Figure 3
Structure of the motor domain of human Kif5B [78] highlighting loops for which some of the Dictyostelium kinesins have long insertions. The approximate lengths of the insertions are given.

DdKif13 (BimC/Eg5 subfamily)

Overall, Kif13 has a similar domain organisation to other members of this subfamily. As most members of the BimC/Eg5 family, it shares several invariant amino acids surrounding a conserved p34cdc2 kinase consensus phosphorylation site (S/TPxK/R). This conserved sequence has been termed the BimC box motif [40]. Mutation of threonine to alanine in this motif has been shown to prevent their association with the mitotic spindle for both Xenopus and human Eg5 [41,42].

DdKif6 (MCAK/Kif2 subfamily)

At the N-terminus, DdKif6 contains a sterile alpha motif (SAM) domain [43]. This domain is a putative protein-protein interaction module that is present in a wide variety of proteins involved in many biological processes [44]. SAM domains do not form homo-oligomers in solution [45,46], although homodimers of SAM domains of different proteins have been found in crystal structures [47]. Instead, SAM domains hetero-oligomerize either by interacting with SAM domains of other proteins [44] or with other protein modules like the Src homology 2 (SH2) domains [48]. Following the SAM domain, DdKif6 contains long stretches of consecutive asparagine, serine, glutamine and glutamic acid residues. The regions neighbouring the central motor domain are mostly α-helical and are partly predicted to form coiled-coils.

DdKif12 (MKLP1 subfamily)

DdKif12's motor domain contains a long N-terminal extension (~120 residues) and an extremely long loop-6 (L6) that constitutes the succession of the P-loop helix (Fig. (Fig.3).3). Kinesin motor domains share a close structural homology to myosin motor domains [49]. In myosins, the loop following the P-loop helix (called loop-1) is responsible for nucleotide affinity that decreases with the length and flexibility of this loop [50]. L6 might have a similar function in kinesin. The motor domain additionally contains a very long L12, having five positively charged residues in its sequence. This is similar to the K-loop composition in Kif1 kinesins from mammals. The tail of DdKif12 contains some predicted coiled-coil regions but does not show similarity to any protein in the databases.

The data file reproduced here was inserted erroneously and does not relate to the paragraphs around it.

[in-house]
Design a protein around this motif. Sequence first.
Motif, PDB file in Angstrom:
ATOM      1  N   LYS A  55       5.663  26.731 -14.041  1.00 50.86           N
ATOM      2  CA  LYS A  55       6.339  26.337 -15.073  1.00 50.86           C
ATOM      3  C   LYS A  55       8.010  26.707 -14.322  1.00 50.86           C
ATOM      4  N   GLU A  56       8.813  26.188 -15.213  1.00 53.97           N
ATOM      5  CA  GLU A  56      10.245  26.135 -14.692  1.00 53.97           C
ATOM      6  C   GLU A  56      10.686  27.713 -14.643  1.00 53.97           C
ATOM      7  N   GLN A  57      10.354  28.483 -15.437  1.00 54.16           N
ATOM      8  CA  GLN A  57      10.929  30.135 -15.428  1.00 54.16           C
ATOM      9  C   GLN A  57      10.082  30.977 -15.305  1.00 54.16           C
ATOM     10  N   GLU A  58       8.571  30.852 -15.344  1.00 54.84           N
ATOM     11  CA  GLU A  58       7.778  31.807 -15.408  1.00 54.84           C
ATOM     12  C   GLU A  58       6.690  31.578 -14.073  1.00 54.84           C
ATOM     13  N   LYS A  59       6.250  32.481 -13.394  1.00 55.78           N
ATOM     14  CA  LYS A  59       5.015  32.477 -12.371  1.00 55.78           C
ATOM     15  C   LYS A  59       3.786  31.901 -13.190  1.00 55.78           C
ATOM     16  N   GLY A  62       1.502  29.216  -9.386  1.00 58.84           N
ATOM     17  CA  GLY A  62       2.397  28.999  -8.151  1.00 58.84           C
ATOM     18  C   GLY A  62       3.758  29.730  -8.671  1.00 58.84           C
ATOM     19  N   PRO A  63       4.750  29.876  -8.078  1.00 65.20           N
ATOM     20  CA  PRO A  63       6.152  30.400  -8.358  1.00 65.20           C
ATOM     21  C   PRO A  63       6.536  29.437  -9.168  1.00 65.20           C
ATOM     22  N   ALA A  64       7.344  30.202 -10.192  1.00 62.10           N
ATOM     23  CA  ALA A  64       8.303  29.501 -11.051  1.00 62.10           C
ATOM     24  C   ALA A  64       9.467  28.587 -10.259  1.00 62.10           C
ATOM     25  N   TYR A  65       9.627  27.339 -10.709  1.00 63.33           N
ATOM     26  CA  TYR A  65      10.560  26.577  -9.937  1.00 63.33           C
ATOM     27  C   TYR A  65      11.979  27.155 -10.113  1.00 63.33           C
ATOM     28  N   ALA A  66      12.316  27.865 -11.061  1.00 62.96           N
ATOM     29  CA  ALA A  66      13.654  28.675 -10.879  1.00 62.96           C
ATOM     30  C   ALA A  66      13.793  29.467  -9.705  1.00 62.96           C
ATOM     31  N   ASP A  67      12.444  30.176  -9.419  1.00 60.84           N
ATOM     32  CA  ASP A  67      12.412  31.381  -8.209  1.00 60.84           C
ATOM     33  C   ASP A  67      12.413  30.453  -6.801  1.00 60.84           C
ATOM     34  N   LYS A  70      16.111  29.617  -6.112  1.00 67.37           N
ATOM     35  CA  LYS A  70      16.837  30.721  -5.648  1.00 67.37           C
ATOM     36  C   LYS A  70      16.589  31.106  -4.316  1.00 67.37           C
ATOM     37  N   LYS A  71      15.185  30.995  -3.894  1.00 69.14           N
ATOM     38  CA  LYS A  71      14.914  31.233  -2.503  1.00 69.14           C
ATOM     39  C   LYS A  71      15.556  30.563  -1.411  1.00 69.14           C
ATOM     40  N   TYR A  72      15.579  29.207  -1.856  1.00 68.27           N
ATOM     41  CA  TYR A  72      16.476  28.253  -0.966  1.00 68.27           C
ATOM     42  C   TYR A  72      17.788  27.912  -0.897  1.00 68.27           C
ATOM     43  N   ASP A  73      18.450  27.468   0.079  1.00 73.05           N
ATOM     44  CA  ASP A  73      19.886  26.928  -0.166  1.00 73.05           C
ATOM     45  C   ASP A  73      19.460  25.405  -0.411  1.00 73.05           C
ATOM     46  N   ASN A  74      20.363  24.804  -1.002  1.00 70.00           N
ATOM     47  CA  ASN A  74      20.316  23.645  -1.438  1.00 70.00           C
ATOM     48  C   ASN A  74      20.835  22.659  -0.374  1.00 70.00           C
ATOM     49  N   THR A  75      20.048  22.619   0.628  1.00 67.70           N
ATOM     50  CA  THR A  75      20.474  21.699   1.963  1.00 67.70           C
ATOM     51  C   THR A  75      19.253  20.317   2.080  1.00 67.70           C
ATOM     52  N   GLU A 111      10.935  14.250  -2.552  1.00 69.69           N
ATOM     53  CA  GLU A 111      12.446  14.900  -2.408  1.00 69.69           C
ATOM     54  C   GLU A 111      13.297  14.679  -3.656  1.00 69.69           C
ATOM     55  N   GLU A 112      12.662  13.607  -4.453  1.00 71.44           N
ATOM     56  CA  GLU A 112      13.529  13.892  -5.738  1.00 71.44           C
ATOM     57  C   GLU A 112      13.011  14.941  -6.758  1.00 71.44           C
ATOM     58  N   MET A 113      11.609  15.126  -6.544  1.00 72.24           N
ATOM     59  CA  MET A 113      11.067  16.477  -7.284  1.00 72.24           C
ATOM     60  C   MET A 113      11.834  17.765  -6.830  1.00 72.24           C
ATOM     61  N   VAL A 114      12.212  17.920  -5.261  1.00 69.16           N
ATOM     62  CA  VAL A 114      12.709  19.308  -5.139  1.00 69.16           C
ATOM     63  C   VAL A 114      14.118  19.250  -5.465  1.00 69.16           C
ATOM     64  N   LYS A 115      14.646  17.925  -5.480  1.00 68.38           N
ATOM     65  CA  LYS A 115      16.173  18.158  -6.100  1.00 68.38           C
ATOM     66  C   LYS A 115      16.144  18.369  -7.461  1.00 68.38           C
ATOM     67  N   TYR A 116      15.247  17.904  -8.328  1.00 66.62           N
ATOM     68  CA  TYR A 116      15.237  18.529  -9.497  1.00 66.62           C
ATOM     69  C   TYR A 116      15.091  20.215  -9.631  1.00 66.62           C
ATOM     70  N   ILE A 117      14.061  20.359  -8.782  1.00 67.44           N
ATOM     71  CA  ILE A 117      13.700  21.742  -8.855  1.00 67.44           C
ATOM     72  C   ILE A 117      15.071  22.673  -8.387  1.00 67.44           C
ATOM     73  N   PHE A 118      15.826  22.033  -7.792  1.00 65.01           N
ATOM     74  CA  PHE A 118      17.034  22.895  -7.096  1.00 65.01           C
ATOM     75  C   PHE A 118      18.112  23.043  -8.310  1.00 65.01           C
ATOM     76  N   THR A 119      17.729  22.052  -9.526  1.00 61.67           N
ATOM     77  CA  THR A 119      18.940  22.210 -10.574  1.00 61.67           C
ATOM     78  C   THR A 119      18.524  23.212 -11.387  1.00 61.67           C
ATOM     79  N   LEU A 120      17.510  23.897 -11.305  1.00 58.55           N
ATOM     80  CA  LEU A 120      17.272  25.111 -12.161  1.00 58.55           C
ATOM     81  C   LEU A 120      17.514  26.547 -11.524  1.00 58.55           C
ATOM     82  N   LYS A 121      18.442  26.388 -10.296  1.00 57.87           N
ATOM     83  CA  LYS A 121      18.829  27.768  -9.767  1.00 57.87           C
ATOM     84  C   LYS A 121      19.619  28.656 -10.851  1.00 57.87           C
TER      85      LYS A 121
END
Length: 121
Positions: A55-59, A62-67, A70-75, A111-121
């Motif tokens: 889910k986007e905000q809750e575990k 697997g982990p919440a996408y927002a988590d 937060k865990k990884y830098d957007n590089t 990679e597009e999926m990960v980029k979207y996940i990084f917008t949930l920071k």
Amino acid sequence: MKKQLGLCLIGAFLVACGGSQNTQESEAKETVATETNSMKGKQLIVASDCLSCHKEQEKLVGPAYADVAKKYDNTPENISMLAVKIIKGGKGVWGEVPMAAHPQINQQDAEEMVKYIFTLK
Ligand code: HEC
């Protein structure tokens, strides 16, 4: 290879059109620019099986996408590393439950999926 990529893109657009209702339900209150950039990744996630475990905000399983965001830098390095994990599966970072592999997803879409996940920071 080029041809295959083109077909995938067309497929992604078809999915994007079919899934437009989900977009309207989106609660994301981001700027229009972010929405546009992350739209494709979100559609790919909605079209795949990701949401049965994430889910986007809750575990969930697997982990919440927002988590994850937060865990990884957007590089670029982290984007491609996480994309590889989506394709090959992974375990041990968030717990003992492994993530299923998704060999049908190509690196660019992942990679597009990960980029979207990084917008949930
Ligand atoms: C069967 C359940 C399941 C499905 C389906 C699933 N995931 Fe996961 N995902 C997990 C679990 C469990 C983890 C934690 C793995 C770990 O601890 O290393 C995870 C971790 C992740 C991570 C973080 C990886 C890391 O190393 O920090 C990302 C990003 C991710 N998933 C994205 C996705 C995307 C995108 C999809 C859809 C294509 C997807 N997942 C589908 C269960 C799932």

Motors with multiple or unknown function

DdKif8 of the Kif4 subfamily and DdKif10 of the Kip3 subfamily belong to subfamilies members of which have been found to be involved in either mitosis or organelle transport, or which participate in both processes depending on the stages of the cell cycle.

DdKif8 (Kif4 subfamily)

The motor domain of DdKif8 contains the longest loop-10 (L10) of all sequenced kinesins, having about 70 extra residues compared to normal L10's (Fig. (Fig.3).3). L10 consists (from the N- to the C-terminus) of a serine/threonine linker, eight lysine residues (five consecutive), another serine linker and a stretch of 14 consecutive aspartic or glutamic acid residues, followed by a final linker. This loop is involved in neither nucleotide binding nor in the direct kinesin-microtubule interface, so its function was not yet analysed. Based on its length, it might be possible that the lysine part interacts with the E hook of tubule molecules in a similar way to the K loop of Unc104/Kif1A (a lysine rich L12) is suggested to function [51,52]. Further possible functions include interactions with other microtubule bound proteins. The stalk domain of DdKif8 is mostly α-helical, containing extended regions rich in polar residues and a coiled-coil domain. The C-terminus is built of seven WD-40 repeats which contribute to a seven-bladed beta propeller [53]. Blade five and blade six are separated by an unusually long insert of ~100 residues. WD40 domains are known to mediate protein-protein interactions [54] and the function of this domain in DdKif8 might be the binding of a specific protein cargo, either as part of a protein complex or as a receptor attached to an organelle.